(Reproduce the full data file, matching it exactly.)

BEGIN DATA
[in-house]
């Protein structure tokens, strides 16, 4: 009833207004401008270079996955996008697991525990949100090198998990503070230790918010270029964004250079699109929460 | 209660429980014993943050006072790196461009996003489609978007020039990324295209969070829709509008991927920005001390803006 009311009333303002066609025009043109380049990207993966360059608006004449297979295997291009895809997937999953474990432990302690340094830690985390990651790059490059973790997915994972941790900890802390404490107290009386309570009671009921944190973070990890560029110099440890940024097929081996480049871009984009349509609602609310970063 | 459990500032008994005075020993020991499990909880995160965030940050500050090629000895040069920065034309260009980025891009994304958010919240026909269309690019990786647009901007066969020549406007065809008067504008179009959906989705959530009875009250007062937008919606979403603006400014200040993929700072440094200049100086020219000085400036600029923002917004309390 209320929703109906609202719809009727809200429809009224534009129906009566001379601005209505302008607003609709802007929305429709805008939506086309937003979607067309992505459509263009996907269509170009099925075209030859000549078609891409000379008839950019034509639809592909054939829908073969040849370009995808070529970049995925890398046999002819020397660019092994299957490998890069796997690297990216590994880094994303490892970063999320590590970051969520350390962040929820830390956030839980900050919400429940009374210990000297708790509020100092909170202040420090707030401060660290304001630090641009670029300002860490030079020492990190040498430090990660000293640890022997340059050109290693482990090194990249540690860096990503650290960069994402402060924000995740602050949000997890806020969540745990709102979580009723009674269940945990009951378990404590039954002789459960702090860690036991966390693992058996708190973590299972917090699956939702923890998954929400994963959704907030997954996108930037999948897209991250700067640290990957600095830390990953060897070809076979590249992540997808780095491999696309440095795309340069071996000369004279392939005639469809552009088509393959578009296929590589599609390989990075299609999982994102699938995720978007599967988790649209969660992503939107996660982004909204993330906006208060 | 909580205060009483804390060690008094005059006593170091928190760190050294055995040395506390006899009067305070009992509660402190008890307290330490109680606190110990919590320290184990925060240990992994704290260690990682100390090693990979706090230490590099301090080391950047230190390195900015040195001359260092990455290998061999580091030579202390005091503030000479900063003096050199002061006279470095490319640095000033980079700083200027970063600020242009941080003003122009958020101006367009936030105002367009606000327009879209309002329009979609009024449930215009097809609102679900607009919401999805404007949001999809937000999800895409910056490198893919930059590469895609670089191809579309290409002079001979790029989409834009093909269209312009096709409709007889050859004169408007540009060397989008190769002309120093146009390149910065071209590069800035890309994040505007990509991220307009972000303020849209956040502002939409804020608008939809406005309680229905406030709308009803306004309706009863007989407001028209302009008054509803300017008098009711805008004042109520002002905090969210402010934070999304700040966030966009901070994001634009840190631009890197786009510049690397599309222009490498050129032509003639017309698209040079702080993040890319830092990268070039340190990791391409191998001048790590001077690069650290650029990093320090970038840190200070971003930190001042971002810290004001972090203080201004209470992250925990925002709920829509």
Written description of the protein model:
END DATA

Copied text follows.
[in-house]
């Protein structure tokens, strides 16, 4: 009833207004401008270079996955996008697991525990949100090198998990503070230790918010270029964004250079699109929460 | 209660429980014993943050006072790196461009996003489609978007020039990324295209969070829709509008991927920005001390803006 009311009333303002066609025009043109380049990207993966360059608006004449297979295997291009895809997937999953474990432990302690340094830690985390990651790059490059973790997915994972941790900890802390404490107290009386309570009671009921944190973070990890560029110099440890940024097929081996480049871009984009349509609602609310970063 | 459990500032008994005075020993020991499990909880995160965030940050500050090629000895040069920065034309260009980025891009994304958010919240026909269309690019990786647009901007066969020549406007065809008067504008179009959906989705959530009875009250007062937008919606979403603006400014200040993929700072440094200049100086020219000085400036600029923002917004309390 209320929703109906609202719809009727809200429809009224534009129906009566001379601005209505302008607003609709802007929305429709805008939506086309937003979607067309992505459509263009996907269509170009099925075209030859000549078609891409000379008839950019034509639809592909054939829908073969040849370009995808070529970049995925890398046999002819020397660019092994299957490998890069796997690297990216590994880094994303490892970063999320590590970051969520350390962040929820830390956030839980900050919400429940009374210990000297708790509020100092909170202040420090707030401060660290304001630090641009670029300002860490030079020492990190040498430090990660000293640890022997340059050109290693482990090194990249540690860096990503650290960069994402402060924000995740602050949000997890806020969540745990709102979580009723009674269940945990009951378990404590039954002789459960702090860690036991966390693992058996708190973590299972917090699956939702923890998954929400994963959704907030997954996108930037999948897209991250700067640290990957600095830390990953060897070809076979590249992540997808780095491999696309440095795309340069071996000369004279392939005639469809552009088509393959578009296929590589599609390989990075299609999982994102699938995720978007599967988790649209969660992503939107996660982004909204993330906006208060 | 909580205060009483804390060690008094005059006593170091928190760190050294055995040395506390006899009067305070009992509660402190008890307290330490109680606190110990919590320290184990925060240990992994704290260690990682100390090693990979706090230490590099301090080391950047230190390195900015040195001359260092990455290998061999580091030579202390005091503030000479900063003096050199002061006279470095490319640095000033980079700083200027970063600020242009941080003003122009958020101006367009936030105002367009606000327009879209309002329009979609009024449930215009097809609102679900607009919401999805404007949001999809937000999800895409910056490198893919930059590469895609670089191809579309290409002079001979790029989409834009093909269209312009096709409709007889050859004169408007540009060397989008190769002309120093146009390149910065071209590069800035890309994040505007990509991220307009972000303020849209956040502002939409804020608008939809406005309680229905406030709308009803306004309706009863007989407001028209302009008054509803300017008098009711805008004042109520002002905090969210402010934070999304700040966030966009901070994001634009840190631009890197786009510049690397599309222009490498050129032509003639017309698209040079702080993040890319830092990268070039340190990791391409191998001048790590001077690069650290650029990093320090970038840190200070971003930190001042971002810290004001972090203080201004209470992250925990925002709920829509």
Written description of the protein model: